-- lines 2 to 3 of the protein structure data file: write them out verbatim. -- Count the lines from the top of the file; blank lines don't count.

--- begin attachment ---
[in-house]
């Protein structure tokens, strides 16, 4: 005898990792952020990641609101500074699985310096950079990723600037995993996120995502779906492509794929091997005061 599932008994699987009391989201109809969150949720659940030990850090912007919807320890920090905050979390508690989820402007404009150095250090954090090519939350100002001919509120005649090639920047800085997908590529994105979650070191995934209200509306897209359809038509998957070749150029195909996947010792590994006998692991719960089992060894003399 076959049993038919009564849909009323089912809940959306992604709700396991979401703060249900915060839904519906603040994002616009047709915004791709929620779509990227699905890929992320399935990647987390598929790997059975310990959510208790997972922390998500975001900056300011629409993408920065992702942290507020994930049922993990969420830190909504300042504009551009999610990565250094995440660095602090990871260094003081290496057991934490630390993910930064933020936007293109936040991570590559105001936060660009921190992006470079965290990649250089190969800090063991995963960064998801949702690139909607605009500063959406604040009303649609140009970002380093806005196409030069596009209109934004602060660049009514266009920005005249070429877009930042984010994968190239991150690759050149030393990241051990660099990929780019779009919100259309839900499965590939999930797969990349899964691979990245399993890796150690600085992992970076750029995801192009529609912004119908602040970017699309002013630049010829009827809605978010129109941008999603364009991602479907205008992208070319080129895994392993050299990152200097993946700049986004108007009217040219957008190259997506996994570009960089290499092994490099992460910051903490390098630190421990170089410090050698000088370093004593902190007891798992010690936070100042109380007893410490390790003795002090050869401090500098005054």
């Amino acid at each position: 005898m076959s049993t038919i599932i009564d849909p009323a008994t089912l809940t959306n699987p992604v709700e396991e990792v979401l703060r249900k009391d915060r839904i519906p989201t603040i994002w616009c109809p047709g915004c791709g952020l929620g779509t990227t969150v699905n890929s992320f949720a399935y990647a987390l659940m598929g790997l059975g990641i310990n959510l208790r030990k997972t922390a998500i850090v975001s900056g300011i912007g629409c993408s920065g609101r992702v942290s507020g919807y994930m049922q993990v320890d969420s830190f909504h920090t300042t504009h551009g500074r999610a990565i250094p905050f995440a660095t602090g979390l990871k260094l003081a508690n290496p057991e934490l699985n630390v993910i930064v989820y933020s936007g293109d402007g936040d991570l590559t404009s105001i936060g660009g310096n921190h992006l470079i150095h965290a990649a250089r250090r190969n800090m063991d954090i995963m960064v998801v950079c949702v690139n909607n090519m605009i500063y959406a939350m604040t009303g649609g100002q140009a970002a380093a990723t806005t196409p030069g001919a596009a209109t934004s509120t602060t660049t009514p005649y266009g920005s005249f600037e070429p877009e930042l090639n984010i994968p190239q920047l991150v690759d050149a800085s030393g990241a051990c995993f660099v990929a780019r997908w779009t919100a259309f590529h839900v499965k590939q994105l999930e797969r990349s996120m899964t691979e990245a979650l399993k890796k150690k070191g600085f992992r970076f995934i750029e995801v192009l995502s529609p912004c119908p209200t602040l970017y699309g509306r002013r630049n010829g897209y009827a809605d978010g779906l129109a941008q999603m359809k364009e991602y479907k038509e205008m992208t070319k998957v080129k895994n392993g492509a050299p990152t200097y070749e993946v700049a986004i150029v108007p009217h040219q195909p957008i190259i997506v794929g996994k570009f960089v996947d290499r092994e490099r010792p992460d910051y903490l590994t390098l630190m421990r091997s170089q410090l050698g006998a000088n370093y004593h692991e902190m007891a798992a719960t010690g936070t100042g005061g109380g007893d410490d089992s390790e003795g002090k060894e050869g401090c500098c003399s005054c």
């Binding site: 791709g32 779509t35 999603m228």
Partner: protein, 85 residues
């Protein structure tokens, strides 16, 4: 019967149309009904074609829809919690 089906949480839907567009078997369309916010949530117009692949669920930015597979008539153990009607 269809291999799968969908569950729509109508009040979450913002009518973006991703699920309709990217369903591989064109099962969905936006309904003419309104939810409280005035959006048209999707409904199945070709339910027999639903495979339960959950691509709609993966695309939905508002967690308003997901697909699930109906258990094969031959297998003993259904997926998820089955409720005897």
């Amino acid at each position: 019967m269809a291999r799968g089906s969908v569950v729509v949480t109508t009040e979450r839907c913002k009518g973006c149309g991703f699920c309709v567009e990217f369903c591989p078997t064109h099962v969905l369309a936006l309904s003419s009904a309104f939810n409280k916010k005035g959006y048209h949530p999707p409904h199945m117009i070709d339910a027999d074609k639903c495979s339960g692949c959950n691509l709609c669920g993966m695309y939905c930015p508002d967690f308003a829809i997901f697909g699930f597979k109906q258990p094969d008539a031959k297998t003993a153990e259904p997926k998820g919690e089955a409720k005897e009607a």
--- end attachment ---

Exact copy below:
């Protein structure tokens, strides 16, 4: 005898990792952020990641609101500074699985310096950079990723600037995993996120995502779906492509794929091997005061 599932008994699987009391989201109809969150949720659940030990850090912007919807320890920090905050979390508690989820402007404009150095250090954090090519939350100002001919509120005649090639920047800085997908590529994105979650070191995934209200509306897209359809038509998957070749150029195909996947010792590994006998692991719960089992060894003399 076959049993038919009564849909009323089912809940959306992604709700396991979401703060249900915060839904519906603040994002616009047709915004791709929620779509990227699905890929992320399935990647987390598929790997059975310990959510208790997972922390998500975001900056300011629409993408920065992702942290507020994930049922993990969420830190909504300042504009551009999610990565250094995440660095602090990871260094003081290496057991934490630390993910930064933020936007293109936040991570590559105001936060660009921190992006470079965290990649250089190969800090063991995963960064998801949702690139909607605009500063959406604040009303649609140009970002380093806005196409030069596009209109934004602060660049009514266009920005005249070429877009930042984010994968190239991150690759050149030393990241051990660099990929780019779009919100259309839900499965590939999930797969990349899964691979990245399993890796150690600085992992970076750029995801192009529609912004119908602040970017699309002013630049010829009827809605978010129109941008999603364009991602479907205008992208070319080129895994392993050299990152200097993946700049986004108007009217040219957008190259997506996994570009960089290499092994490099992460910051903490390098630190421990170089410090050698000088370093004593902190007891798992010690936070100042109380007893410490390790003795002090050869401090500098005054």
């Amino acid at each position: 005898m076959s049993t038919i599932i009564d849909p009323a008994t089912l809940t959306n699987p992604v709700e396991e990792v979401l703060r249900k009391d915060r839904i519906p989201t603040i994002w616009c109809p047709g915004c791709g952020l929620g779509t990227t969150v699905n890929s992320f949720a399935y990647a987390l659940m598929g790997l059975g990641i310990n959510l208790r030990k997972t922390a998500i850090v975001s900056g300011i912007g629409c993408s920065g609101r992702v942290s507020g919807y994930m049922q993990v320890d969420s830190f909504h920090t300042t504009h551009g500074r999610a990565i250094p905050f995440a660095t602090g979390l990871k260094l003081a508690n290496p057991e934490l699985n630390v993910i930064v989820y933020s936007g293109d402007g936040d991570l590559t404009s105001i936060g660009g310096n921190h992006l470079i150095h965290a990649a250089r250090r190969n800090m063991d954090i995963m960064v998801v950079c949702v690139n909607n090519m605009i500063y959406a939350m604040t009303g649609g100002q140009a970002a380093a990723t806005t196409p030069g001919a596009a209109t934004s509120t602060t660049t009514p005649y266009g920005s005249f600037e070429p877009e930042l090639n984010i994968p190239q920047l991150v690759d050149a800085s030393g990241a051990c995993f660099v990929a780019r997908w779009t919100a259309f590529h839900v499965k590939q994105l999930e797969r990349s996120m899964t691979e990245a979650l399993k890796k150690k070191g600085f992992r970076f995934i750029e995801v192009l995502s529609p912004c119908p209200t602040l970017y699309g509306r002013r630049n010829g897209y009827a809605d978010g779906l129109a941008q999603m359809k364009e991602y479907k038509e205008m992208t070319k998957v080129k895994n392993g492509a050299p990152t200097y070749e993946v700049a986004i150029v108007p009217h040219q195909p957008i190259i997506v794929g996994k570009f960089v996947d290499r092994e490099r010792p992460d910051y903490l590994t390098l630190m421990r091997s170089q410090l050698g006998a000088n370093y004593h692991e902190m007891a798992a719960t010690g936070t100042g005061g109380g007893d410490d089992s390790e003795g002090k060894e050869g401090c500098c003399s005054c």